Thursday has one of the more widely known etymologies of the days. Throughout Middle and Old English, it took on various forms such as thuresday, thursdæg, thunresdæg, thurresdæg, and thunresdæg. However, though, this word in all of its forms can ultimately be broken down into its Old English components: thunre, the spelling of "Thor" at the time, and dæg, which we've already covered as meaning "day". In Proto-Germanic, thunre was thunraz, who was sort of a hybrid god of Thor and Jupiter (in most Romance languages, the fifth day of the week is normally named after Jupiter), similar to the Mercury/Odin split for old words for Wednesdays. It's weird. The literal meaning of thunraz was "thunder", and it retained this definition from its Proto-Indo-European progenitor, tenh. Dæg comes from Proto-Germanic dagaz, from PIE deg, or "to burn", as we've already covered in yesterday's post. So Thursday's hidden meaning is "burning thunder".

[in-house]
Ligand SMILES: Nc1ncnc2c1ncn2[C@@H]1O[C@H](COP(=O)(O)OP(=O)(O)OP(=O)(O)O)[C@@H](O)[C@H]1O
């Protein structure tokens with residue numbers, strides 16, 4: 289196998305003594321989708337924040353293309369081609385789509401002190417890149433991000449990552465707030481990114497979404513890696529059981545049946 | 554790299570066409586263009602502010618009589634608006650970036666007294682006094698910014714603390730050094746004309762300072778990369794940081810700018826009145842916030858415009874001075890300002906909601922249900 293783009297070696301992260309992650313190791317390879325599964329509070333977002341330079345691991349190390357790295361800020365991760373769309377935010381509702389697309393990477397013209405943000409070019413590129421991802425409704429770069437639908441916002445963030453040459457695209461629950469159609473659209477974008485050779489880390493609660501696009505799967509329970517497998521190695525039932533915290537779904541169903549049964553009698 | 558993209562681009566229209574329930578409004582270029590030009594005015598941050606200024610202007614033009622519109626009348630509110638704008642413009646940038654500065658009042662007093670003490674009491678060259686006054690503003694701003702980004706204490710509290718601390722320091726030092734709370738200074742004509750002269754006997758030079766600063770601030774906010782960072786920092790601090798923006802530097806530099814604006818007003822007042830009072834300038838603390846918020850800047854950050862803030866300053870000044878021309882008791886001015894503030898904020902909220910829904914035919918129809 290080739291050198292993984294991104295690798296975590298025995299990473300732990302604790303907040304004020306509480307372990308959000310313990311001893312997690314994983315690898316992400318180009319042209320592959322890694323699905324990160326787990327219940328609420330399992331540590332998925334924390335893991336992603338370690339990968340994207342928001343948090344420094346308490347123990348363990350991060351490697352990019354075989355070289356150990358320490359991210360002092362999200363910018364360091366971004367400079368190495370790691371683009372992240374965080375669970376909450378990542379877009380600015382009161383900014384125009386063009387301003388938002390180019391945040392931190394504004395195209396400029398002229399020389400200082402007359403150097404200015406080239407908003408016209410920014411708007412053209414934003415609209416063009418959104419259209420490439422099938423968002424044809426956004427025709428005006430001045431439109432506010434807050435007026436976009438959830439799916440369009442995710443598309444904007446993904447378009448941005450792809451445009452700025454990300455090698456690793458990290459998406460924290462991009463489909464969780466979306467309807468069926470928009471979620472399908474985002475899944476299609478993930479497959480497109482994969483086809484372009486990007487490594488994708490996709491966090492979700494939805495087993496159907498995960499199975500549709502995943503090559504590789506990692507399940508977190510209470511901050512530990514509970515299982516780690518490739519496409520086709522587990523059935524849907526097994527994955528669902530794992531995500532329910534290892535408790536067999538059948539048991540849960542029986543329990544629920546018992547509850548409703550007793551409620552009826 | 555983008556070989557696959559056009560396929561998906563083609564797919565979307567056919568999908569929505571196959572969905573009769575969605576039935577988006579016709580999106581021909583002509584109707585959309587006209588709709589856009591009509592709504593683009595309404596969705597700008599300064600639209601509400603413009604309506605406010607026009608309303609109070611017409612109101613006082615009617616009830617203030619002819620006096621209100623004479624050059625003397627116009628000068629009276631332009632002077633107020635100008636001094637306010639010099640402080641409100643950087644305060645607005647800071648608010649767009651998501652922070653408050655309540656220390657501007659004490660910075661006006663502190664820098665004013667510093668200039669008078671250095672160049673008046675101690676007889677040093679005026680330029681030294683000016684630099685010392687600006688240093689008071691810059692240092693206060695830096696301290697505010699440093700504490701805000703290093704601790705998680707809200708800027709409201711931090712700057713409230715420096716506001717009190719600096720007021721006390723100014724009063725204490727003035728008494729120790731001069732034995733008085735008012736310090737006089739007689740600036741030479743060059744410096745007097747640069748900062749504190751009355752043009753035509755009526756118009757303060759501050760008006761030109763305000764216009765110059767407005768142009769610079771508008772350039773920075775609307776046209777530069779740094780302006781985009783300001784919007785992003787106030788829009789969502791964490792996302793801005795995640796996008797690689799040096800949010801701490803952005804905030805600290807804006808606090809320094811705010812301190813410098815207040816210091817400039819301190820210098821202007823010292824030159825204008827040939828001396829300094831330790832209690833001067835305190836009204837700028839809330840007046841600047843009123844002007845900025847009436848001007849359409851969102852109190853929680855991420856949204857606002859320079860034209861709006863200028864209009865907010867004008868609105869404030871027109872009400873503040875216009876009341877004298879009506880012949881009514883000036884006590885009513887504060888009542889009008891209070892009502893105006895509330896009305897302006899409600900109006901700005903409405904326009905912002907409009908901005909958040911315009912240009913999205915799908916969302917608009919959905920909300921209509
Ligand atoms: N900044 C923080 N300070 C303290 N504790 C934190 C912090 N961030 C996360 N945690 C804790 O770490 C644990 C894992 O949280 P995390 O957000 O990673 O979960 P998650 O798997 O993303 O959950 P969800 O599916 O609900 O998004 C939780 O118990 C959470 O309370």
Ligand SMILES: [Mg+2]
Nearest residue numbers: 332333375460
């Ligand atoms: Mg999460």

Hello! I'm Adam Aleksic. This year, I graduated from Harvard University with a degree in Government and Linguistics. There, I co-founded the Harvard Undergraduate Linguistics Society and wrote a thesis on Serbo-Croatian language policy, magna cum laude. In addition to etymology, I also really enjoy philosophy, trivia, vexillology, geography, board games, conlanging, art history, and law.